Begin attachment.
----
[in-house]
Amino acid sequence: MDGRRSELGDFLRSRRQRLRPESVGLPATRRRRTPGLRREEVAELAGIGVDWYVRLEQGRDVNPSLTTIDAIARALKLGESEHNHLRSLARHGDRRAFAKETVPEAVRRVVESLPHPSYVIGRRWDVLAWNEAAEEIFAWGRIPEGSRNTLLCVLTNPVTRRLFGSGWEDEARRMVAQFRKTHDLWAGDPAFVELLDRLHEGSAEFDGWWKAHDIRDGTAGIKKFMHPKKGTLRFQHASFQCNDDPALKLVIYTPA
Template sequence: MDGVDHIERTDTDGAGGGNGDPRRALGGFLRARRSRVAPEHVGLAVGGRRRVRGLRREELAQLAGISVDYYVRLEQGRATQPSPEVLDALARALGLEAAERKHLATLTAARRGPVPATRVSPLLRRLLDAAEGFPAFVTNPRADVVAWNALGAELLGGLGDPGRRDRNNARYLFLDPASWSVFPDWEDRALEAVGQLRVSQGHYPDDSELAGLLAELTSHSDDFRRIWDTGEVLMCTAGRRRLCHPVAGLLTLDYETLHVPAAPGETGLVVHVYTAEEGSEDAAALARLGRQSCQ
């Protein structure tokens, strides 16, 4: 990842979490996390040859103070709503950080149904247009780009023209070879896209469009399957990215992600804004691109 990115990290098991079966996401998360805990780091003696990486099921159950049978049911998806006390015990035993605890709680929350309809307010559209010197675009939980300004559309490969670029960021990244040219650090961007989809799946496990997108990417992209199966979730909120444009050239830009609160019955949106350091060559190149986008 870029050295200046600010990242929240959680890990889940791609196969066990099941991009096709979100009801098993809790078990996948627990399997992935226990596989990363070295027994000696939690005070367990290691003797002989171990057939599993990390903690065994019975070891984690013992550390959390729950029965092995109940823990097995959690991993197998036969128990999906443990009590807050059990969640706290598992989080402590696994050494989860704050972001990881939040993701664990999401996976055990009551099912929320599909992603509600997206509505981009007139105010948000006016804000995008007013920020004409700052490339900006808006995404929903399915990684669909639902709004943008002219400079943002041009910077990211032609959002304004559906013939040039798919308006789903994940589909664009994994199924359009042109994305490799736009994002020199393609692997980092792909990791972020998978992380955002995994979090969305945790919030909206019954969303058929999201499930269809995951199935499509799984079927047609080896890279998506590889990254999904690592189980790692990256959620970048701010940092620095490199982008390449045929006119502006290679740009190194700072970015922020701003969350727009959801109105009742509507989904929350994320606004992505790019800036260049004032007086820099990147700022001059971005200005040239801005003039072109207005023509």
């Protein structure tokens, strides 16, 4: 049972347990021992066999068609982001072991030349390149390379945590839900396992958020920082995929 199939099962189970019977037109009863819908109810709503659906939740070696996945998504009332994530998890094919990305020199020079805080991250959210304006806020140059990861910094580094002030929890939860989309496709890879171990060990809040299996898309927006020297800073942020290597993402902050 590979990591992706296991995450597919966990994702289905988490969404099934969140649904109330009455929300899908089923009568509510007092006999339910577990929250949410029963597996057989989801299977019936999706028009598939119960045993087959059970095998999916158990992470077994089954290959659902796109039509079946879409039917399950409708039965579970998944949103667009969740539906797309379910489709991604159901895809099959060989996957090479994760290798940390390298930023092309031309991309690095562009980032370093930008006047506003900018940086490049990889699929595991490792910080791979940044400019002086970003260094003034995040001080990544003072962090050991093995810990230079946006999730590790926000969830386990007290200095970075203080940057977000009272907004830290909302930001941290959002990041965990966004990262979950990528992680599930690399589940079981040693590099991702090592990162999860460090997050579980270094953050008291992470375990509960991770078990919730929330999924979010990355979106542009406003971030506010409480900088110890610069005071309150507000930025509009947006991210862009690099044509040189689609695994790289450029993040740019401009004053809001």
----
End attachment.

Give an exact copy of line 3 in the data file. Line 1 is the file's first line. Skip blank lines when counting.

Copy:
Template sequence: MDGVDHIERTDTDGAGGGNGDPRRALGGFLRARRSRVAPEHVGLAVGGRRRVRGLRREELAQLAGISVDYYVRLEQGRATQPSPEVLDALARALGLEAAERKHLATLTAARRGPVPATRVSPLLRRLLDAAEGFPAFVTNPRADVVAWNALGAELLGGLGDPGRRDRNNARYLFLDPASWSVFPDWEDRALEAVGQLRVSQGHYPDDSELAGLLAELTSHSDDFRRIWDTGEVLMCTAGRRRLCHPVAGLLTLDYETLHVPAAPGETGLVVHVYTAEEGSEDAAALARLGRQSCQ